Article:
Indigenous Rights and Livelihoods as Concerns in the Decision-Making on Extractive Industries in Finland

Hossain et al. (eds.) (2018). Human and Social Security in the Circumpolar Arctic. Leiden: Brill Nijhoff, pp. 263-280.

Posted: 27 Dec 2019

See all articles by Stefan Kirchner

Stefan Kirchner

University of Lapland, Arctic Centre

Date Written: 2018

Abstract

Indigenous peoples often have a particularly close relationship to nature. This is also the case for the indigenous Sámi people. Their homeland, Sápmi, is administered by four countries: Norway, Sweden, Finland and Russia. Sámi parliaments in the three former countries give the indigenous Sámi a voice in the political and legal process. In Finland, this participation is restricted to a small part of the country, which is recognized as the Sámi home area under Finnish law (although the original Sámi homeland was significantly larger than the area recognized today). Within the Sámi home area, the Sámi Parliament has some participatory rights, for example under the Finnish Mining Act. Extractive industries often have destructive effects on the natural environment and can threaten the livelihoods of indigenous peoples, such as reindeer herding or fishing. In this chapter it will be shown how the Sámi Parliament in Finland can use existing legislation to protect indigenous rights and livelihoods.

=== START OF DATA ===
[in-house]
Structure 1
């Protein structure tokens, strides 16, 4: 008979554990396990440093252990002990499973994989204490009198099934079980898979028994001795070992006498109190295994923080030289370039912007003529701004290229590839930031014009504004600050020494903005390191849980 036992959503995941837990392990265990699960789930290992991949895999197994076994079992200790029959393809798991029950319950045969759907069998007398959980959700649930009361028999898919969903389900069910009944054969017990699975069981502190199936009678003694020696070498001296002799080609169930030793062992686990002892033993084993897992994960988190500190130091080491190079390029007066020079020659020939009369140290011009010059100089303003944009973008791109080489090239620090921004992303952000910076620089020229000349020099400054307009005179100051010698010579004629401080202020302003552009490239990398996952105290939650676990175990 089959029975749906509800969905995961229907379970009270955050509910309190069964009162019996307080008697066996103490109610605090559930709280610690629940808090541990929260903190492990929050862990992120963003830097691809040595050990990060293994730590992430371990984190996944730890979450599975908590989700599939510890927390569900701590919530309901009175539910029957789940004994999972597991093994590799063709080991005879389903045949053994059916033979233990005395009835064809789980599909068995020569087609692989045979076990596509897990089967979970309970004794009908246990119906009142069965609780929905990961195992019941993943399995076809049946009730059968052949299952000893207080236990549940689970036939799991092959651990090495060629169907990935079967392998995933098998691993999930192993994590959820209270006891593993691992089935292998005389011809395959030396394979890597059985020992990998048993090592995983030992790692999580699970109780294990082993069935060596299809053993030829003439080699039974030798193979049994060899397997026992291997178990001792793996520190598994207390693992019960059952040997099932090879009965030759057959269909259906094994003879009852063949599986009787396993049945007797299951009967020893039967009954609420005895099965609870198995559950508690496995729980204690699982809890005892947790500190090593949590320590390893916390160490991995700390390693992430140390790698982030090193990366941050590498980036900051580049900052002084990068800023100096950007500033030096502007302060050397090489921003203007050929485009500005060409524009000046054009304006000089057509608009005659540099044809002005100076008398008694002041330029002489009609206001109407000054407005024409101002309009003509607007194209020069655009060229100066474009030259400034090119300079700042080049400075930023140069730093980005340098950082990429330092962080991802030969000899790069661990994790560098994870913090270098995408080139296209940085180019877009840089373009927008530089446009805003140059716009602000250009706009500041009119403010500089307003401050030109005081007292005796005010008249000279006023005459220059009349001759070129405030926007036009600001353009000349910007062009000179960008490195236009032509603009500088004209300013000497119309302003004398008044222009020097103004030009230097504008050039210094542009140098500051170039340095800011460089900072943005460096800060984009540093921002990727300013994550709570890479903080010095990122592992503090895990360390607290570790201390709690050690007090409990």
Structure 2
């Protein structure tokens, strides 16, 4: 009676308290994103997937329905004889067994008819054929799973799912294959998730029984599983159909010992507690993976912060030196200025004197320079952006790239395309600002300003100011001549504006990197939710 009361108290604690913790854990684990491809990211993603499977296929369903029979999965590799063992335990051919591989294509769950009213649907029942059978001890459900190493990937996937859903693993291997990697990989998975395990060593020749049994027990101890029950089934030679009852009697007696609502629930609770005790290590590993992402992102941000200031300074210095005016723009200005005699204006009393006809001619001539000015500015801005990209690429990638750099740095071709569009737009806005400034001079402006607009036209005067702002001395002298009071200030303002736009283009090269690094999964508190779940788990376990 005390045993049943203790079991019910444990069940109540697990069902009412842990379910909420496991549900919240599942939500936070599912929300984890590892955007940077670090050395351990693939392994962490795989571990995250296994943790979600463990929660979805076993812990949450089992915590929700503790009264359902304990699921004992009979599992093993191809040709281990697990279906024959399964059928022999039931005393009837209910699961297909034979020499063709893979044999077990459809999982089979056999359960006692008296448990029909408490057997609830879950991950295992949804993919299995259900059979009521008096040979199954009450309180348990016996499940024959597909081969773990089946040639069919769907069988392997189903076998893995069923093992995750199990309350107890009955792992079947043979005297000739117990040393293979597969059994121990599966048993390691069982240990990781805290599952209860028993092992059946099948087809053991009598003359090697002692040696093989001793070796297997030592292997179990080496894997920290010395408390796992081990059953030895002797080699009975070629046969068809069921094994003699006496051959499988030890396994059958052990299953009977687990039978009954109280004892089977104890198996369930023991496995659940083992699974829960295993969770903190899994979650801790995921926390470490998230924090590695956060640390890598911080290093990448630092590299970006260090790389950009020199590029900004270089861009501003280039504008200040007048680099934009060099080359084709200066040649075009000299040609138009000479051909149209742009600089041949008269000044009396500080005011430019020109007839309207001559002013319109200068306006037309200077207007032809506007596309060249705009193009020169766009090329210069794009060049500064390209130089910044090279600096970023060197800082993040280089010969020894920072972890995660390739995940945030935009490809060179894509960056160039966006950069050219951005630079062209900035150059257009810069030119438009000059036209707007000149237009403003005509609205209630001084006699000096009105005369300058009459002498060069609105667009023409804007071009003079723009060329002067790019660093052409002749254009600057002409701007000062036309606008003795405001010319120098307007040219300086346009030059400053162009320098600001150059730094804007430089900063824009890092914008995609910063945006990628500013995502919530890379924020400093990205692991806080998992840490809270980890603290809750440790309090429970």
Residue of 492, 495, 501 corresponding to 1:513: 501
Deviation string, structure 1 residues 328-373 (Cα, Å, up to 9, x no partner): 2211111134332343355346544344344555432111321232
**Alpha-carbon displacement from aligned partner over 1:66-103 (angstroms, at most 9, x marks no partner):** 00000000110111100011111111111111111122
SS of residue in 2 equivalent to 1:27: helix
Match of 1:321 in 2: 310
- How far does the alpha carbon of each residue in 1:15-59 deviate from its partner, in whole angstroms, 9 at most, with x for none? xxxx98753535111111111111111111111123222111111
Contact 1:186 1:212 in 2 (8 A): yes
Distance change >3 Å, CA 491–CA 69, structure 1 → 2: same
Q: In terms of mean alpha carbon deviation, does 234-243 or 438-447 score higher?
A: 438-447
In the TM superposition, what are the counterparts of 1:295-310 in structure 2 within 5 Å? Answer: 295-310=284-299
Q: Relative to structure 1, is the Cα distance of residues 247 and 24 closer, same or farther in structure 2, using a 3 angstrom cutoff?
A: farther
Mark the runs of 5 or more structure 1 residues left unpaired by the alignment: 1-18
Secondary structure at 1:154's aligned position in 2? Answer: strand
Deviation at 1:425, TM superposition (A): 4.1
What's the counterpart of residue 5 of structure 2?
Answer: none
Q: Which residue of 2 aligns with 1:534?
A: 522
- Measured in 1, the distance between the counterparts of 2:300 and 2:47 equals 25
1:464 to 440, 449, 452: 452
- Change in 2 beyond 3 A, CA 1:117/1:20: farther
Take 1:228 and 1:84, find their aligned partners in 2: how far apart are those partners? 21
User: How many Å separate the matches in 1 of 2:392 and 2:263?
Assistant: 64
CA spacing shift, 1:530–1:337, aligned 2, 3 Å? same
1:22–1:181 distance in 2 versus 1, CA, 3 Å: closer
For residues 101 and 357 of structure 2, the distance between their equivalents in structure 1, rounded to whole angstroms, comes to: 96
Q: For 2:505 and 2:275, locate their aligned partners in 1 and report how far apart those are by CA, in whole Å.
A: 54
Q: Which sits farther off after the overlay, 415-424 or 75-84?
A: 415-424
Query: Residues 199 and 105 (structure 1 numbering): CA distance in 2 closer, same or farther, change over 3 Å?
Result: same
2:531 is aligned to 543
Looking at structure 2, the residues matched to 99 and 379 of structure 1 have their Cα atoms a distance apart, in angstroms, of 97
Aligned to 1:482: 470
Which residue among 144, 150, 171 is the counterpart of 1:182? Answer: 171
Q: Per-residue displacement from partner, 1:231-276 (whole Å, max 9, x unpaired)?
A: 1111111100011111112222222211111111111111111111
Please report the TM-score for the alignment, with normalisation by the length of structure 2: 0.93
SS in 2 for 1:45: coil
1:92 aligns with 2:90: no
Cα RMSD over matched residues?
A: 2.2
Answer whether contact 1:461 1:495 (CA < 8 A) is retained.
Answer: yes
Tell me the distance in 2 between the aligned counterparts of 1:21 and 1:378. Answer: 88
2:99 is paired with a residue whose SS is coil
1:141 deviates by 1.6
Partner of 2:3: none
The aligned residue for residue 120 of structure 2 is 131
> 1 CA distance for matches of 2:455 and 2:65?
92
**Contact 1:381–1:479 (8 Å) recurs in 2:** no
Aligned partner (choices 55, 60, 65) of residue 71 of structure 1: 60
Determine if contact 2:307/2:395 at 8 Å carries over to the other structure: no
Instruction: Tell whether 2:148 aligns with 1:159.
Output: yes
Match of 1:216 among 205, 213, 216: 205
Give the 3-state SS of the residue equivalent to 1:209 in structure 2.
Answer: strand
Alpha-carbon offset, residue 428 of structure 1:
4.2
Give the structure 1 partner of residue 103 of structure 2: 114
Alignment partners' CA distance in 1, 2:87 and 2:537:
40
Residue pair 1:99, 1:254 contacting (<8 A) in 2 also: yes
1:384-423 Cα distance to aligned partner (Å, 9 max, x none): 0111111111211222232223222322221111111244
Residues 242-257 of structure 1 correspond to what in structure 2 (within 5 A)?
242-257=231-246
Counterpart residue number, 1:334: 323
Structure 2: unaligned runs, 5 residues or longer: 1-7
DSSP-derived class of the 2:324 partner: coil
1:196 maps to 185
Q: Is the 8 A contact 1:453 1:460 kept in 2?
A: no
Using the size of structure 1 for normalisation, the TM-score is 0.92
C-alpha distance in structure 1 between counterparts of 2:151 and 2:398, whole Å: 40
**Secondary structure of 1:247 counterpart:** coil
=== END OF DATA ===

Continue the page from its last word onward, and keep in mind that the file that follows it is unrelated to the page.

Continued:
Keywords: Indigenous rights, mining, Finland, Sápmi, Sámi, indigenous, Sami Parliament, Mining Act, reindeer, environment

JEL Classification: K33

Suggested Citation

Kirchner, Stefan, Indigenous Rights and Livelihoods as Concerns in the Decision-Making on Extractive Industries in Finland (2018). Hossain et al. (eds.) (2018). Human and Social Security in the Circumpolar Arctic. Leiden: Brill Nijhoff, pp. 263-280., Available at SSRN: https://ssrn.com/abstract=3498313

Stefan Kirchner (Contact Author)

University of Lapland, Arctic Centre ( email )

P.O. Box 122
Rovaniemi, Lapland 96101
Finland
+358404844001 (Phone)

HOME PAGE: http://www.ulapland.fi

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